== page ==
Resistance occurs because people have to live with each other, and this means limiting liberty, denying opportunities, and inevitable restraint (Yelaja, 1971, p. 37; Irvine, 1964, p. 14). Resistances are also based on each particular individual’s viewpoint and are, at first, important aspects that we create to meet felt needs (Latner, 1974, p.l86). We each have our own interpretation of the facts and events that we have shaped, are shaping, or will shape to create our own unique world (Bateson, 1980, p. 70). This is particularly important to consider when referring to therapy and authority.

In fact, “the therapists” theoretical orientation is the greatest determinant of what behaviors will be seen as resistance" (Anderson & Stewart, 1983, p. 206). This means that the resistance may not be coming from the client but rather from the worker. This is because just as Procrustes cut of f the legs of people who did not fit his bed, the worker may be cutting off some part of the client to fit his own theoretical bed. This is an excellent example of the use of irrational authority. If this is the case then, perhaps one should look at resistance “as a lack of understanding or clarity on the part of the therapist" (Enright, 1980, p. 1).

For a child care worker, this point of view can be difficult to accept. Issues of confrontation, authority, and resistance seem to go together when we are working with difficult adolescents, and are all part of our everyday working experience. After all, we work with a population that generally lacks self-control and needs firm emotional and social structures to guide them. On one level, their resistance seems to make sense. They are not where they want to be and they rarely come to us voluntarily for treatment, and often they have been systematically mortified (Goffman, 1961, p. 14).

Yet the issue of authority and control can be where the aims of the teenager and the worker both meet and diverge. Both sense a need for, and often demand authority. The client demands control in terms of his own personal expectations and development, and he/she generally needs control from the outside structure (Irvine, 1964, p. 15). The worker also demands the latter, but added to this is his! her need to respond to the authority of the system within which he/she works, and its expectations of authority. Authority is defined not only in terms of the client’s individual needs and differences, but also in terms of its own need with reference to yet another higher authority and its stated goals. Both the worker and the client need to respond to a structure and to obey the rules of the system, which presents its own resistance.

While confrontation remains a necessary and obvious tool, we may overuse it in order to help the client contain impulsive aggressiveness and the need for immediate gratification, not to mention the fact that it often can provide an easy and immediate solution to an authority problem. I would describe this overuse of confrontation as irrational authority; what Fromm (1971, p. 13) describes as always being “power over people."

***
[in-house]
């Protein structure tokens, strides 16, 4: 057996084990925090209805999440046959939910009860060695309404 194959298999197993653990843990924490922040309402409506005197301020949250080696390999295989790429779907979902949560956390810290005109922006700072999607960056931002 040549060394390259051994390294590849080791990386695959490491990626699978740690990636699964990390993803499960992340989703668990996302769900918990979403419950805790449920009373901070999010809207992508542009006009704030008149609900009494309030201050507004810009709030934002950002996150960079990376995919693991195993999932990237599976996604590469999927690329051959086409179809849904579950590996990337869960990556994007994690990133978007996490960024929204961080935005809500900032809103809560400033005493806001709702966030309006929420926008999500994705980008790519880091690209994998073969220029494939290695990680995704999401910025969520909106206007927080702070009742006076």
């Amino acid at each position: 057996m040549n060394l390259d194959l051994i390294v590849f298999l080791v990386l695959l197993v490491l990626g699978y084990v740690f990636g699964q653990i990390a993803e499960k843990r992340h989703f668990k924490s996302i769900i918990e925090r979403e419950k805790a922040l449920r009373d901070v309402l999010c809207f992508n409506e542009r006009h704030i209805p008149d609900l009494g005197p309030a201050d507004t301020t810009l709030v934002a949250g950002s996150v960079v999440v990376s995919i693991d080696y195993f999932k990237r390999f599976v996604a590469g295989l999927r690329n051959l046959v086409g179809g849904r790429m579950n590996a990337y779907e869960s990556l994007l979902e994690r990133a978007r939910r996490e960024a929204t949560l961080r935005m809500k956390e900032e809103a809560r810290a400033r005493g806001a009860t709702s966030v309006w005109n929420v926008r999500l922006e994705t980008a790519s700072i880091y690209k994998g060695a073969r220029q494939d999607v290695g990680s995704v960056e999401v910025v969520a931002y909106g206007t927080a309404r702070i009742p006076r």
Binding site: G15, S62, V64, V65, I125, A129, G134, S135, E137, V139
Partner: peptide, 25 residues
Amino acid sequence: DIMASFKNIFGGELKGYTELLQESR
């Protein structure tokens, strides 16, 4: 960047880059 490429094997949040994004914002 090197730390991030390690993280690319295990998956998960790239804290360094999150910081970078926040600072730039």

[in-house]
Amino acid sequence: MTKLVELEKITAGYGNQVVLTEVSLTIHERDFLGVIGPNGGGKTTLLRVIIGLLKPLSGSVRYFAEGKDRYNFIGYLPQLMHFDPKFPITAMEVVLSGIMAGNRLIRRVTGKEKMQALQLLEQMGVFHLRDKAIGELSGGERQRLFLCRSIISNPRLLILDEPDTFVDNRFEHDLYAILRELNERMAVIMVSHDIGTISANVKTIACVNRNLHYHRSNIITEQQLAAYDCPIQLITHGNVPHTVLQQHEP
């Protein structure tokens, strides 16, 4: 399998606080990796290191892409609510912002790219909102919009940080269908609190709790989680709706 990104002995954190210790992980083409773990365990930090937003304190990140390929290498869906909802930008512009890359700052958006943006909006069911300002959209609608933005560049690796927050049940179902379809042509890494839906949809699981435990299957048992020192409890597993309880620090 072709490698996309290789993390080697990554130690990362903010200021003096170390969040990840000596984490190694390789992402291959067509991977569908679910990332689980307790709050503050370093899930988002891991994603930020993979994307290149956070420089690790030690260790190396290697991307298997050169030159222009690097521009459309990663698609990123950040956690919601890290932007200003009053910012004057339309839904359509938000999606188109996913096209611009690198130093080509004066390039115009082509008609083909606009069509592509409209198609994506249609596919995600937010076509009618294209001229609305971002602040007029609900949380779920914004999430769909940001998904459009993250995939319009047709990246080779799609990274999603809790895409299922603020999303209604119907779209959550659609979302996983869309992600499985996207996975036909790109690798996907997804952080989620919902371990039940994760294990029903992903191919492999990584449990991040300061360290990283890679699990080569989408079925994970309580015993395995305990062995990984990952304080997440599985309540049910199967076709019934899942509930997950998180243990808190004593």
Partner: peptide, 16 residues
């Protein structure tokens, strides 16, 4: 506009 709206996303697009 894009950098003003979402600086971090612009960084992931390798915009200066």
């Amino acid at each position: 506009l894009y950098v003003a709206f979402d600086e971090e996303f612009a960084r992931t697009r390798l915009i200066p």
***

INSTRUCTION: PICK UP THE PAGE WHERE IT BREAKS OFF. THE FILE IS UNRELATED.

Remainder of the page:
This overuse of confrontation may be because of a misunderstanding of the client and the nature of his resistance: “Every movement the client makes is to establish an equilibrium between his personal needs and the demands of his society" (Perls, 1969, p. 46). It is at this point that the needs of the client and the worker diverge. It is here that conflict can arise simply because the needs of the worker, in his situation, may not match the needs of the adolescent as he or she perceives them.

Moving beyond conflict
The conflict need not arise, however, if the worker sees that “resistance is not just a dumb barrier to be removed but a creative force for managing a difficult world" (Polster & Polster, 1974, p. 52). In other words one has to begin with the understanding that the client is doing what he has learned to do, in order to survive the best way he knows how, in a very difficult world. It is, unfortunately this important understanding that is often missed. Conflict may also be avoided if the worker uses “rational authority (which has its source in competence" (Fromm, 1971, p. 13).

Resistance can be respected and seen in a positive light rather than merely as a reluctance to change on the teenager’s part. It is not merely a reaction to authority. In fact, as a creative and adaptive act, it implies an ability to learn and change. It maybe, Erikson (1965, p.19) suggests, “an energy of repudiation which accompanies the first steps of an identity formation" and need not be taken as a personal affront to the worker. It may be a necessary part of an adolescent’s developmental struggle and need not be taken as power struggle in the child's relationship with the worker. Indeed, Simon (1971, p. 6) believes that good behavior that is enforced by the threat of sanction should be considered defective because it lacks voluntariness.